Panettone and Pandoro dominate the Italian Christmas table. Torrone always plays a supporting role. But in actual fact the confection boasts ancient origins and offers an extraordinary array of variations: crumbly, soft, nut- and seed-studded with hazelnuts, almonds, pistachio, sesame and walnuts, stuffed or glazed with chocolate, spiced or infused with liqueuer. Have you ever tried making it at home?
Torrone, history and varieties
Panettone and pandoro Panettone and pandoro – like every Christmas since the Sixties – will dominate the holiday table. Yet, the oldest end of the year treat is torrone. Milanese panettone, and pandoro which is veronese by origin, torrone belongs to the sweet confection tradition of the entire Mediterranean. According to one source, torrone was born in ancient Rome, others believe it has Chinese origins, and brought to the Mediterranean by Arab tradesmen. It doesn’t therefore surprise that this is a typical Spanish, Greek and French holiday sweet. The ingredients are more or less the same: nuts, egg white and honey. In Italy alone the varieties abound thanks to the Bel Paese’s wide nut biodiversity. In Piedmont, the base for torrone reflects the area’s tonda and gentile delle Langhe Igp hazelnuts. In Veneto, it’s almonds as well as in Cremona (where torrone was officially born in 1441 for the wedding banquet of Bianca Maria Sforza Visconti and Prince Francesco Sforza) and in Puglia, where Toritto (near Bari) almonds are under Slow Food Presidia tutelage. In Campania torrone is studded with Giffoni Igp and dell’Alta Irpinia hazelnuts and Benevento almonds. Sicily, home to famous almonds from Noto and Avola and the world-famous pistachios from Bronte, boasts an amazing selection of torrone variants, among which sesame giurgiulena aka giuggiulena or cubbaita.
Whatever the origin, can torrone be made at home? We asked Pietro Scaldaferro, fourth generation confectionary artisan (his business was born in Mira in 1919). A passionate pro who only employs top-nothc quality ingredients and meticulous craftmanship. His almond nougat is not your average torrone, rather extraordinary and crumbly amber petals. His product is probably not so easy to replicate at home.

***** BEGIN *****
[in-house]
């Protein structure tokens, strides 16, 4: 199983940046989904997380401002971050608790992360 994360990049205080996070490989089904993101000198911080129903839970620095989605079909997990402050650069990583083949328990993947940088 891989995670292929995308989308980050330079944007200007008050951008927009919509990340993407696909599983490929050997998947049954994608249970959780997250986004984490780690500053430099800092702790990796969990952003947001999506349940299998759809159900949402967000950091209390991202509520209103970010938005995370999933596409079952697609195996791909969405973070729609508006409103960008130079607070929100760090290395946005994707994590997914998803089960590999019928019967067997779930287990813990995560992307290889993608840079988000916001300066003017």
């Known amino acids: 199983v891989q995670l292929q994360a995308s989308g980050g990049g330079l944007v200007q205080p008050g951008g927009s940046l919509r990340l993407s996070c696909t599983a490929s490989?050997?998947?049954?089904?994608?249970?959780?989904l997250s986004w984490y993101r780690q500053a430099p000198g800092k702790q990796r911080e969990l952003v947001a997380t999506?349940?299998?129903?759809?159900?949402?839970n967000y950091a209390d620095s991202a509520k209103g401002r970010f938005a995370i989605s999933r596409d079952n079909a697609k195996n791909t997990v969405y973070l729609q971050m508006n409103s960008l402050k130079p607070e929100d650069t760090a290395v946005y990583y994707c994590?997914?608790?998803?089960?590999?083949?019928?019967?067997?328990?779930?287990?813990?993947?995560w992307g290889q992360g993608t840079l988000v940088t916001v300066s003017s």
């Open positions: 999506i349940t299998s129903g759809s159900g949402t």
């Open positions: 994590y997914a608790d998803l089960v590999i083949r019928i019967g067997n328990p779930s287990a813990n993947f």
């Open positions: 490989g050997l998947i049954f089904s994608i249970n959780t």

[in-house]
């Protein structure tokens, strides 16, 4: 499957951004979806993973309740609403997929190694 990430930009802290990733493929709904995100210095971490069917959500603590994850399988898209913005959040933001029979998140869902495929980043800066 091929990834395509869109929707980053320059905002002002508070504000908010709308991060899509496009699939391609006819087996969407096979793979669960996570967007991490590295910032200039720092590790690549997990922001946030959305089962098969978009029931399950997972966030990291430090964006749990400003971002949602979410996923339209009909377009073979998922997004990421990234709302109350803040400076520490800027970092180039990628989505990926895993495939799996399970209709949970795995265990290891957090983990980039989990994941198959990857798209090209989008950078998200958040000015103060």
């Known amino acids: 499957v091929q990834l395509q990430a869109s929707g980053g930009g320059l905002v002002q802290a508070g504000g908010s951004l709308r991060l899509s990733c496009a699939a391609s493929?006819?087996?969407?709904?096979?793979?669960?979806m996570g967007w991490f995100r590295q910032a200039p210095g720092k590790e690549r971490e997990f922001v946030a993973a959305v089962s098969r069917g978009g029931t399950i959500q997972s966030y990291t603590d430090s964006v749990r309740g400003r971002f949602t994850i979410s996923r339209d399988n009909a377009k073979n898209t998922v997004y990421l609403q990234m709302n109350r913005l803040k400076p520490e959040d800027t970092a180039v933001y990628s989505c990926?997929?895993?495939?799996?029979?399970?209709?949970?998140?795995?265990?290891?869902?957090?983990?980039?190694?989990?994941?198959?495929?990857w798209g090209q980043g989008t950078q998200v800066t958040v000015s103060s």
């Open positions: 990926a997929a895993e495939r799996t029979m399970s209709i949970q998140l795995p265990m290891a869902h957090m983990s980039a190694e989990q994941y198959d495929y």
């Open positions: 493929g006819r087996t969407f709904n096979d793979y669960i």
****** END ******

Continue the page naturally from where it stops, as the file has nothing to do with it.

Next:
How to make it at home
Yet, we’re curious. So we asked Mr Scaldaferro advice on attempting homemade torrone: “Of course it can be homemade, but you need one essential tool: a pastry thermometer. A stand mixer also helps. Soft nougat is also easier to make than the hard kind, which requires bain-marie (double-boiler) cooking for many hours. As far as my recipe… I can’t share it, I’m sure you understand. I can only suggest using Sicilian honey and Puglia almonds”. Relieved knowing it can be made at home, we asked Maurizio Santin, pastry chef known as “Cuoco Nero”, and star of Gambero Rosso Channel. Here’s his recipe.
500 g whole almonds, toasted
200 g whole hazelnuts, toasted
300 g honey
300 g sugar
100 g water
100 g orange and citron candied peel, cubed
Zest from 1 lemon, finely chopped
3 egg whites
2 large sheets of edible wafer paper
Beat the egg whites with the water and sugar syrup to obtain stiff peaks. incorporate the boiling hot honey (heated in a double boiler untili t reaches 120° C) pouring it slowly until completely blended. Cool the meringue, then add the remianing ingredients using a spatula. When completely blended, pour the mixture on a sheet of wafer paper and flatten with a dampened pastry spatula. Cover with a second sheet of wafer paper and flatten with a rolling pin to about 1-inch thickness. Cut in lozenges and store in an air-tight container.
Torronificio Scaldaferro | Dolo (VE) | via Ca’ Tron, 31 | tel. 041 410467 | www.scaldaferro.it
by Annalisa Zordan
translated by Eleonora Baldwin